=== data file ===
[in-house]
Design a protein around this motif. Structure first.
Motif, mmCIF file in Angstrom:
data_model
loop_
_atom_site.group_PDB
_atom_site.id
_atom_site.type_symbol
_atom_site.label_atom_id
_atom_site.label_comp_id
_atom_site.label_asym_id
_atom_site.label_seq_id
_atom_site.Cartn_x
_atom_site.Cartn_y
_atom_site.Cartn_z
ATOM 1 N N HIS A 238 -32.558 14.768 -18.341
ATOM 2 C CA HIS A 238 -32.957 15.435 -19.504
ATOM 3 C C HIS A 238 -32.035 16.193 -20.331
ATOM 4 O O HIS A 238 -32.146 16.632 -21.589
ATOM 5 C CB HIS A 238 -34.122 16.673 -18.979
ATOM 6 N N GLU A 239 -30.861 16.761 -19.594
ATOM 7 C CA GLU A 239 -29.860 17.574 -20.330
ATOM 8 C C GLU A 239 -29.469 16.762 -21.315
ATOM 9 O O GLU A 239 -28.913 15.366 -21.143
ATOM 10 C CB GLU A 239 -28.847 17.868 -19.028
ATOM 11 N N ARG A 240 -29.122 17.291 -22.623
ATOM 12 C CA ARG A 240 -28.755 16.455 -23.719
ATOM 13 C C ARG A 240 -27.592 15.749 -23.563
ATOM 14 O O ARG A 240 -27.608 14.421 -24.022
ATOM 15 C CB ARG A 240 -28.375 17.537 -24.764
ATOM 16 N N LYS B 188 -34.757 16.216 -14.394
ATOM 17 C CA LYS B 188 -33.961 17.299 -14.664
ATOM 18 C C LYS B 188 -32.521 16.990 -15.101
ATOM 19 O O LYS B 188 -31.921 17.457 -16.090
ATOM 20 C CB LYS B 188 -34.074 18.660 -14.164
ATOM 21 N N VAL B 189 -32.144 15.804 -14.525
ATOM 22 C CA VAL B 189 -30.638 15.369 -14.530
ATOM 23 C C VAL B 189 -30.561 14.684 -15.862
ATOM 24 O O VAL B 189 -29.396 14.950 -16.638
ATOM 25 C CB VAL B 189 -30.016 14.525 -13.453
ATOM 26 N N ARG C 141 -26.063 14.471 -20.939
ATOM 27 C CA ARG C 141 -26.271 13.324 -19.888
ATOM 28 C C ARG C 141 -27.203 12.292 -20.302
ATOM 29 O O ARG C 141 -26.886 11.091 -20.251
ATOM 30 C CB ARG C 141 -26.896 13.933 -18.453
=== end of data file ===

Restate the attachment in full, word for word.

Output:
[in-house]
Design a protein around this motif. Structure first.
Motif, mmCIF file in Angstrom:
data_model
loop_
_atom_site.group_PDB
_atom_site.id
_atom_site.type_symbol
_atom_site.label_atom_id
_atom_site.label_comp_id
_atom_site.label_asym_id
_atom_site.label_seq_id
_atom_site.Cartn_x
_atom_site.Cartn_y
_atom_site.Cartn_z
ATOM 1 N N HIS A 238 -32.558 14.768 -18.341
ATOM 2 C CA HIS A 238 -32.957 15.435 -19.504
ATOM 3 C C HIS A 238 -32.035 16.193 -20.331
ATOM 4 O O HIS A 238 -32.146 16.632 -21.589
ATOM 5 C CB HIS A 238 -34.122 16.673 -18.979
ATOM 6 N N GLU A 239 -30.861 16.761 -19.594
ATOM 7 C CA GLU A 239 -29.860 17.574 -20.330
ATOM 8 C C GLU A 239 -29.469 16.762 -21.315
ATOM 9 O O GLU A 239 -28.913 15.366 -21.143
ATOM 10 C CB GLU A 239 -28.847 17.868 -19.028
ATOM 11 N N ARG A 240 -29.122 17.291 -22.623
ATOM 12 C CA ARG A 240 -28.755 16.455 -23.719
ATOM 13 C C ARG A 240 -27.592 15.749 -23.563
ATOM 14 O O ARG A 240 -27.608 14.421 -24.022
ATOM 15 C CB ARG A 240 -28.375 17.537 -24.764
ATOM 16 N N LYS B 188 -34.757 16.216 -14.394
ATOM 17 C CA LYS B 188 -33.961 17.299 -14.664
ATOM 18 C C LYS B 188 -32.521 16.990 -15.101
ATOM 19 O O LYS B 188 -31.921 17.457 -16.090
ATOM 20 C CB LYS B 188 -34.074 18.660 -14.164
ATOM 21 N N VAL B 189 -32.144 15.804 -14.525
ATOM 22 C CA VAL B 189 -30.638 15.369 -14.530
ATOM 23 C C VAL B 189 -30.561 14.684 -15.862
ATOM 24 O O VAL B 189 -29.396 14.950 -16.638
ATOM 25 C CB VAL B 189 -30.016 14.525 -13.453
ATOM 26 N N ARG C 141 -26.063 14.471 -20.939
ATOM 27 C CA ARG C 141 -26.271 13.324 -19.888
ATOM 28 C C ARG C 141 -27.203 12.292 -20.302
ATOM 29 O O ARG C 141 -26.886 11.091 -20.251
ATOM 30 C CB ARG C 141 -26.896 13.933 -18.453